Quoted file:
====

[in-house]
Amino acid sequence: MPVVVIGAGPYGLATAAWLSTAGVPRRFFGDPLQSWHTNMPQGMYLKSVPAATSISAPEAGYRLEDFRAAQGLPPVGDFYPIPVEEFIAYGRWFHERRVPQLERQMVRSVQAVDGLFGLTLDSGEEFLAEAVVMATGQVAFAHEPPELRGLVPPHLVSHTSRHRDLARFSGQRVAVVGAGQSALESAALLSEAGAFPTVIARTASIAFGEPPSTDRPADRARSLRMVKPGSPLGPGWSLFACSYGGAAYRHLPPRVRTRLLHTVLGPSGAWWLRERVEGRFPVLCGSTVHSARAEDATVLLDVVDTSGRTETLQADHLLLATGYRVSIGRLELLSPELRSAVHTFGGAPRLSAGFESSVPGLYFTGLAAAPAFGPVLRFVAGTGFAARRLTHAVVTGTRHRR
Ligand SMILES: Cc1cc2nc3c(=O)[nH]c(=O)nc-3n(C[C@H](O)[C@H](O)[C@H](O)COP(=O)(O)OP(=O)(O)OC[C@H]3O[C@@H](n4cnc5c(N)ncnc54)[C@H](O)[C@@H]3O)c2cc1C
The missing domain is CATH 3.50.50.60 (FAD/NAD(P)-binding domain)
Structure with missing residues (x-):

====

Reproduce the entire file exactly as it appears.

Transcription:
[in-house]
Amino acid sequence: MPVVVIGAGPYGLATAAWLSTAGVPRRFFGDPLQSWHTNMPQGMYLKSVPAATSISAPEAGYRLEDFRAAQGLPPVGDFYPIPVEEFIAYGRWFHERRVPQLERQMVRSVQAVDGLFGLTLDSGEEFLAEAVVMATGQVAFAHEPPELRGLVPPHLVSHTSRHRDLARFSGQRVAVVGAGQSALESAALLSEAGAFPTVIARTASIAFGEPPSTDRPADRARSLRMVKPGSPLGPGWSLFACSYGGAAYRHLPPRVRTRLLHTVLGPSGAWWLRERVEGRFPVLCGSTVHSARAEDATVLLDVVDTSGRTETLQADHLLLATGYRVSIGRLELLSPELRSAVHTFGGAPRLSAGFESSVPGLYFTGLAAAPAFGPVLRFVAGTGFAARRLTHAVVTGTRHRR
Ligand SMILES: Cc1cc2nc3c(=O)[nH]c(=O)nc-3n(C[C@H](O)[C@H](O)[C@H](O)COP(=O)(O)OP(=O)(O)OC[C@H]3O[C@@H](n4cnc5c(N)ncnc54)[C@H](O)[C@@H]3O)c2cc1C
The missing domain is CATH 3.50.50.60 (FAD/NAD(P)-binding domain)
Structure with missing residues (x-):